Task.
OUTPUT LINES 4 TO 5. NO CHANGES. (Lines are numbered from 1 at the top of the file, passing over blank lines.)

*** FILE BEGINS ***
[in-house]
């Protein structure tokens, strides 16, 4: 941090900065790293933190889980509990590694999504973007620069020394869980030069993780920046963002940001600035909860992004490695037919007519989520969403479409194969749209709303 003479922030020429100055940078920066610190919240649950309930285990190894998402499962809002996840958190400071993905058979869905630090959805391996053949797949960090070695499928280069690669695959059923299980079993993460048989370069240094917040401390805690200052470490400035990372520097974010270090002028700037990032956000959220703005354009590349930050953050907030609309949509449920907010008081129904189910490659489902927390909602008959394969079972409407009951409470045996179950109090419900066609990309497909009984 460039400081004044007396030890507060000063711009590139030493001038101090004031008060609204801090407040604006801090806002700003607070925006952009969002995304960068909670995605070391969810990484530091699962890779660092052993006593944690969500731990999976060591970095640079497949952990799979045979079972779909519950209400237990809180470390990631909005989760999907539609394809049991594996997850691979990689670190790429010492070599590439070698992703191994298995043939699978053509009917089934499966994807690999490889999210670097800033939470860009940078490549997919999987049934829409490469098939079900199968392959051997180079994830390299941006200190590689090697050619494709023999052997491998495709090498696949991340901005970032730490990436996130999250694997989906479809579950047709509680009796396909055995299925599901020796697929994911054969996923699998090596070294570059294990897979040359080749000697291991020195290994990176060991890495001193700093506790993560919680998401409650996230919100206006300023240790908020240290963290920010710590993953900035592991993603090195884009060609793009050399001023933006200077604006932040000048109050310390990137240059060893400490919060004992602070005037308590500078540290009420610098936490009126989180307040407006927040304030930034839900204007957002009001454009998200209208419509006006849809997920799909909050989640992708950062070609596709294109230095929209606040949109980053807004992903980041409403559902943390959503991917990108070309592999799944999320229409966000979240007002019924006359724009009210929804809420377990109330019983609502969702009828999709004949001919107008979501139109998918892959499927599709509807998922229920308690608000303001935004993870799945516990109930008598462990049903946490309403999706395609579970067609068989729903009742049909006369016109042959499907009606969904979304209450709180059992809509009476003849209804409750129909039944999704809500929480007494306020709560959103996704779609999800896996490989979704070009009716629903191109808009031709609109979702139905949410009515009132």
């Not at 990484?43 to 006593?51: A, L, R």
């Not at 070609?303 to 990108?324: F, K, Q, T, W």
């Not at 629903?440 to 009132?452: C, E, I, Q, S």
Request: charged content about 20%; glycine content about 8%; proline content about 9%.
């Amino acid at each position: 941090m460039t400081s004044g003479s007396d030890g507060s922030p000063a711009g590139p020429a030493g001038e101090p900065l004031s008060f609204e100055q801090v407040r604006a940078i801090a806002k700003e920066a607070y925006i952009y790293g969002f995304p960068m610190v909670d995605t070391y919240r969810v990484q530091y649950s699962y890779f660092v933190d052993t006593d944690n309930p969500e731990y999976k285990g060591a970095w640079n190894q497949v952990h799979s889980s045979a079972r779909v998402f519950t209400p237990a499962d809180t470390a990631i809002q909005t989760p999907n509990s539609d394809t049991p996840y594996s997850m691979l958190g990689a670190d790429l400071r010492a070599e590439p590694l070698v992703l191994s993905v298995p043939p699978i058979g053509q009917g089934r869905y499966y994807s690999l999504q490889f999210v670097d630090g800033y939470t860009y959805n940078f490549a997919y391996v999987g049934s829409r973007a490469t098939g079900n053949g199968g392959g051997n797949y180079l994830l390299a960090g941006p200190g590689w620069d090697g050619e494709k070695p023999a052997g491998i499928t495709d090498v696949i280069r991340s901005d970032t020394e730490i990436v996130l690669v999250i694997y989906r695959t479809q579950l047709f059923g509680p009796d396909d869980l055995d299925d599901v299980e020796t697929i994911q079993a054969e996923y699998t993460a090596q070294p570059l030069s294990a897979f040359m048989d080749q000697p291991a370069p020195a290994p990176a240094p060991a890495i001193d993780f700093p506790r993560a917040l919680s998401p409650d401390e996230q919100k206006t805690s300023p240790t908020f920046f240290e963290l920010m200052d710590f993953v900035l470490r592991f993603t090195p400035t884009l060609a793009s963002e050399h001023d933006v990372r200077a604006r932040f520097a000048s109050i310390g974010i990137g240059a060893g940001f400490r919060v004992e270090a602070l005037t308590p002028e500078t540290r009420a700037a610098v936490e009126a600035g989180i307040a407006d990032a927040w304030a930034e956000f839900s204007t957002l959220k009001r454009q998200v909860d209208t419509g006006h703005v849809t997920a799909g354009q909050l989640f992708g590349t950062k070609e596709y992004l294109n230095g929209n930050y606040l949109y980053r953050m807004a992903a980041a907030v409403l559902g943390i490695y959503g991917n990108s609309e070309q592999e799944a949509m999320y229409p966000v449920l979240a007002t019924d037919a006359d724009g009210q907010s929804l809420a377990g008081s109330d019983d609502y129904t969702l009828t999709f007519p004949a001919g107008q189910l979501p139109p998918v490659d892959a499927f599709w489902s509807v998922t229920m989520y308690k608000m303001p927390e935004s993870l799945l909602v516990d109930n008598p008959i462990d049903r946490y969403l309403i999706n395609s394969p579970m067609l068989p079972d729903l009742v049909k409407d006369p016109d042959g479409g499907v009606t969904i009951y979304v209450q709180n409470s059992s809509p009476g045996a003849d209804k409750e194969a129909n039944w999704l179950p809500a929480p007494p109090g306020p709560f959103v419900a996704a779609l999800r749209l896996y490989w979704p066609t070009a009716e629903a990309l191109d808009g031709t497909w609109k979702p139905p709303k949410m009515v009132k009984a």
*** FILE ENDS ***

């Not at 070609?303 to 990108?324: F, K, Q, T, W």
């Not at 629903?440 to 009132?452: C, E, I, Q, S």